The State Election has come to a close, Annastacia is back in power and the deadline for rural rates bills is looming. All this on top of the news that Bingera Mill is closing, water security from Paradise Dam is now in limbo and the announcement by Bundaberg Regional Council CEO Steve Johnston that council has achieved an operating surplus of $1.5 million for the 2019-20 financial year.

It is not uncommon for forecast budget results and actual financial results to differ but this is significant. The surplus is more than half the value of what rural ratepayers in Bundaberg Region have been dealt in rate increases of up to 235%. It is outrageous to think that a local council that says it supports agriculture can deal such a blow at a time when the community and the nation most needs our farmers.

Farmers are not asking other ratepayers to cover rural ratepayers’ share nor are they suggesting that they are disadvantaged by the increase in rural land valuations. Farmers in Bundaberg are simply asking for a fair go by council. Farmers and the community know the rates decision can be fixed simply by applying a concession to the whole of Category 9 (farmland) under Sections 119-122 of the Local Government Regulation 2012.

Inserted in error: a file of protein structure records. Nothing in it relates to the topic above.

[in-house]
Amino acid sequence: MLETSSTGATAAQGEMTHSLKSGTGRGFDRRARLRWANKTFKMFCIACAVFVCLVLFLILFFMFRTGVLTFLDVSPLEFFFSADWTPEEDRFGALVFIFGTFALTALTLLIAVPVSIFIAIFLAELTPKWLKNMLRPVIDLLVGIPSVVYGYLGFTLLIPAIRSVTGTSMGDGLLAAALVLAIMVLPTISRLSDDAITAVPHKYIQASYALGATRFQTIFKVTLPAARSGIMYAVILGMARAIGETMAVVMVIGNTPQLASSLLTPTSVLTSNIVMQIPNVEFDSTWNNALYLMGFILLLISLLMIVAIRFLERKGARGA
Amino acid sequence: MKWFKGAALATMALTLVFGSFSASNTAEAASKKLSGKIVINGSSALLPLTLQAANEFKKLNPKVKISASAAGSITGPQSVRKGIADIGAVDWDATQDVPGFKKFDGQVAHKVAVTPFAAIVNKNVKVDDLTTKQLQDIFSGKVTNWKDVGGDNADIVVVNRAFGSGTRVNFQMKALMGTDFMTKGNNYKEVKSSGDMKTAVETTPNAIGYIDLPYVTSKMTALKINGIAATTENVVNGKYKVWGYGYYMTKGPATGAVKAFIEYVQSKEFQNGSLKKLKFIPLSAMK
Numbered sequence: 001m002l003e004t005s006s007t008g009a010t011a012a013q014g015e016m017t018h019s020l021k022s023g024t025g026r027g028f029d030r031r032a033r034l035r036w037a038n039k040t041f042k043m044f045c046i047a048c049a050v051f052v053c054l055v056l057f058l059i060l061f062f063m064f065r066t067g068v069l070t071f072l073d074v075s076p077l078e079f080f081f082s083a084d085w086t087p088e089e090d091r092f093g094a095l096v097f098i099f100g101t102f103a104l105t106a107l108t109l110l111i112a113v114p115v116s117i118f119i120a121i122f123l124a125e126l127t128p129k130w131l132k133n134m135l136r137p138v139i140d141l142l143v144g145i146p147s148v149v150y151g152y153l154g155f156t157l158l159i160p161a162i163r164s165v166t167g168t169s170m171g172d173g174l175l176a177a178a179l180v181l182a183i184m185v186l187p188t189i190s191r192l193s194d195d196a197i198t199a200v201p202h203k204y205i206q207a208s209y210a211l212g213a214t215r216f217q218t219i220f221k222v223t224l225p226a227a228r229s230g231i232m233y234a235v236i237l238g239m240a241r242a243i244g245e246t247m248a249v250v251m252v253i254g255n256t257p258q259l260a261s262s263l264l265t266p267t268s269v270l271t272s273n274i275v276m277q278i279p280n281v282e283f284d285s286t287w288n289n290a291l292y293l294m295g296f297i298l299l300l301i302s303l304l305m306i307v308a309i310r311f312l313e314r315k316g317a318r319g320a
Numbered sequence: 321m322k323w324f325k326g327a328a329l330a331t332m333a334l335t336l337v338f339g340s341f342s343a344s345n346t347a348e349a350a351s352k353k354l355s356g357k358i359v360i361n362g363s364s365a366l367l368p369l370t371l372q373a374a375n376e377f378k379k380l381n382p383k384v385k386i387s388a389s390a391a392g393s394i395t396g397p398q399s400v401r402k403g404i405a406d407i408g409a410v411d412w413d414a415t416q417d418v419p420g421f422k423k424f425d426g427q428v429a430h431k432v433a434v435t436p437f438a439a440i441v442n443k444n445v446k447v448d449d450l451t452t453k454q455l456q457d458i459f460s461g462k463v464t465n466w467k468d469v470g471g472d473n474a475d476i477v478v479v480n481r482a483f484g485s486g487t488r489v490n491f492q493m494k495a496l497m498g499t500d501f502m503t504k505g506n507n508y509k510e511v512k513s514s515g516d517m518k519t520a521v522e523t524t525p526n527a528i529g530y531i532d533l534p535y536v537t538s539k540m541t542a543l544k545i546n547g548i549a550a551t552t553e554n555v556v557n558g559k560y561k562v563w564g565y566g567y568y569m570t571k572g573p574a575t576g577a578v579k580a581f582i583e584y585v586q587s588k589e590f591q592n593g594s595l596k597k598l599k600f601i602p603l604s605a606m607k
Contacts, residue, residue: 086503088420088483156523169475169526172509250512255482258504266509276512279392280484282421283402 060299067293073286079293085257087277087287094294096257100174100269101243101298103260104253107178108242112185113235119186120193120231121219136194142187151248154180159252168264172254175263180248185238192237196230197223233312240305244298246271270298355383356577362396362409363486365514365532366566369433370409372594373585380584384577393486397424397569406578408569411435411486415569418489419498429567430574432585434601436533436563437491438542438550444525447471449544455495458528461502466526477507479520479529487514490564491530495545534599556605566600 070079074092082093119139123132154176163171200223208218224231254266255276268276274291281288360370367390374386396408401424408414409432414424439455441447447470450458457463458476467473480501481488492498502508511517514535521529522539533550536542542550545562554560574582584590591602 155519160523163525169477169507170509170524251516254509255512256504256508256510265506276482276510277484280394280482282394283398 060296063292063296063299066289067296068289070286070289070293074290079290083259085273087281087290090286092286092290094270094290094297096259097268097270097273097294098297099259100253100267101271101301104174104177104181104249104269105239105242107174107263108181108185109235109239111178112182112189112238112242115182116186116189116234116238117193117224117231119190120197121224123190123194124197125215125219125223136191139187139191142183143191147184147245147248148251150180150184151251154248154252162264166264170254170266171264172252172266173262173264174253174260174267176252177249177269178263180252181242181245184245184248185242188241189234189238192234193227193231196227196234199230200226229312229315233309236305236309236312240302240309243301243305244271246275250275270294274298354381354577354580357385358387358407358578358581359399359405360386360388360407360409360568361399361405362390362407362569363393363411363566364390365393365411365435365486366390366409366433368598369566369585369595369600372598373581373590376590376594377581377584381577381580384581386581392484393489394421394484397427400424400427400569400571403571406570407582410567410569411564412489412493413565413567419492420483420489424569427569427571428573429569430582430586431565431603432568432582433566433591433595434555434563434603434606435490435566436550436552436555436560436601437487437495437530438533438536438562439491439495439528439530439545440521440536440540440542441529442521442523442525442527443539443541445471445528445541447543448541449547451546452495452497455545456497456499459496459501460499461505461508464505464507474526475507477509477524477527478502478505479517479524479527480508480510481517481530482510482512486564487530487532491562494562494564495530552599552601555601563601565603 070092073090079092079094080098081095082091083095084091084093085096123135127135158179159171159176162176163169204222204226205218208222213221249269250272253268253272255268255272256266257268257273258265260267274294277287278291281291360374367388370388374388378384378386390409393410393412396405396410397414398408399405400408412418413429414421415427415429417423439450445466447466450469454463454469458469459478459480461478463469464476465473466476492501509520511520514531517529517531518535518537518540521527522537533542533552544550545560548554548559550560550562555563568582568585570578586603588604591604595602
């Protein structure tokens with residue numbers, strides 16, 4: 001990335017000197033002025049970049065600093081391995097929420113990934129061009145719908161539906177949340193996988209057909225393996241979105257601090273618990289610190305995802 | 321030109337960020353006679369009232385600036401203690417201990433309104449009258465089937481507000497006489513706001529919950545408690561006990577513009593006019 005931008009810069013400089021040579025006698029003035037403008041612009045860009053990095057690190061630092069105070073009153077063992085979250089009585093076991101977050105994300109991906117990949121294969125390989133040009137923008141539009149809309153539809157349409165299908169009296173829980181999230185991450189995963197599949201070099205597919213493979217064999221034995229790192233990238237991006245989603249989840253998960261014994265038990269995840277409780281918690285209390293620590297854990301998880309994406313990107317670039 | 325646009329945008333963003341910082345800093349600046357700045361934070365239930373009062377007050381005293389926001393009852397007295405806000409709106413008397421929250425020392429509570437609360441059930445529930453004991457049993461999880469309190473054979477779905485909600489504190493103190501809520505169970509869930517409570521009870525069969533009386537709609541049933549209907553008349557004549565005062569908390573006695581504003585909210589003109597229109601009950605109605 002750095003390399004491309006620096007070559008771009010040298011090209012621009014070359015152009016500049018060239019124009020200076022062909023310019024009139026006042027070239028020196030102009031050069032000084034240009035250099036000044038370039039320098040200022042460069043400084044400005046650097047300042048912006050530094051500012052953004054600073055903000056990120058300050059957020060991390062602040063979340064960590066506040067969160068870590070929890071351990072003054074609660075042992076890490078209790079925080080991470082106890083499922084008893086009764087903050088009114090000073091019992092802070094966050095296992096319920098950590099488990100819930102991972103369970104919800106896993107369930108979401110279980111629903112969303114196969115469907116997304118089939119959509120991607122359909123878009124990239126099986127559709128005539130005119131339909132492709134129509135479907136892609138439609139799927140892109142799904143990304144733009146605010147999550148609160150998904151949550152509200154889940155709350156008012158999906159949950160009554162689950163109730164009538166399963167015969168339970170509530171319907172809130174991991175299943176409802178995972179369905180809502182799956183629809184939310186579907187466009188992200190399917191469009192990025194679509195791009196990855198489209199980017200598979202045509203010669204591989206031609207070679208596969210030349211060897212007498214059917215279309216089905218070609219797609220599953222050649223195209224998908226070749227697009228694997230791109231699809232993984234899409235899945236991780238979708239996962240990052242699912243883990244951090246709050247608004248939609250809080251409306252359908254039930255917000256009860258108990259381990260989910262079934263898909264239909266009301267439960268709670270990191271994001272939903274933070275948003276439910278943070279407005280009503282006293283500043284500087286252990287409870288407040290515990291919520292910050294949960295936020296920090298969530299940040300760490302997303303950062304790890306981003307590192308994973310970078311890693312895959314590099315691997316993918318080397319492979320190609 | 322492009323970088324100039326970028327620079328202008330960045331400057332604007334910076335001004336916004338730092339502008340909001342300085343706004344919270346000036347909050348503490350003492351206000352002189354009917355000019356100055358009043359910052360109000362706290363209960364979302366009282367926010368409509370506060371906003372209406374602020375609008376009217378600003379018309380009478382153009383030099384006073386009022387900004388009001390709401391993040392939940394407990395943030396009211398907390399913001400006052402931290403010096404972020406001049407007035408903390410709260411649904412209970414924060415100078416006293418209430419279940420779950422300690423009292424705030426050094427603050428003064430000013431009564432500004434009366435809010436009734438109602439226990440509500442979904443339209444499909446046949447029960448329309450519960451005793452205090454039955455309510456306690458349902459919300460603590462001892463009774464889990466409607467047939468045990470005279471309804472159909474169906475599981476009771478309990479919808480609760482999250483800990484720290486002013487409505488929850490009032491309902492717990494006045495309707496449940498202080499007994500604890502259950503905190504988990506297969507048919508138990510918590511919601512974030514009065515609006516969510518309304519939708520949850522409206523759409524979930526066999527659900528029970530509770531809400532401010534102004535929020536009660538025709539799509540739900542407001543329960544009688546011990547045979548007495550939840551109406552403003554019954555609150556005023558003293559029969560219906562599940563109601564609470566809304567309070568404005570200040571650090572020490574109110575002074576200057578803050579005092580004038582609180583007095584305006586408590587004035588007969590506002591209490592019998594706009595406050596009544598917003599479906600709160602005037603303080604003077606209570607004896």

For Mr Johnston to then go on to state that 80% of ratepayers are paying the same or less than last year is a real kick in the guts for the 20% who are reeling under increases of up to and more than $30,000 in one single year. That is a lot of money being ripped from the local economy, which is based on agribusiness, and when you consider the compounding effect of following rates notices over coming years the Bundaberg economy and the local businesses our farmers support will
undoubtedly feel the negative impacts of this decision.

Bundaberg Regional Council blames the rate increase on land valuations despite other rural based Queensland regional councils seeing similar rises in land valuations. The difference is that other local councils adjusted their rating system to cap increases to the same levels as Consumer Price Index (CPI), which reflects cost of living. Why has Bundaberg Council chosen to go in precisely the opposite direction and ignore the very backbone of our region?

With support of local businesses and the community, there have been more than 2,000 signatures put to date on a petition supporting local farmers who are asking our council to fix these devastating rates increases. Bundaberg farmers don’t want to fight; they simply want their own local government to preserve and protect their local community

The farmer consortium of Agforce, Bundaberg CANEGROWERS, Bundaberg Fruit & Vegetable Growers and CANEGROWERS Isis is running the community petition at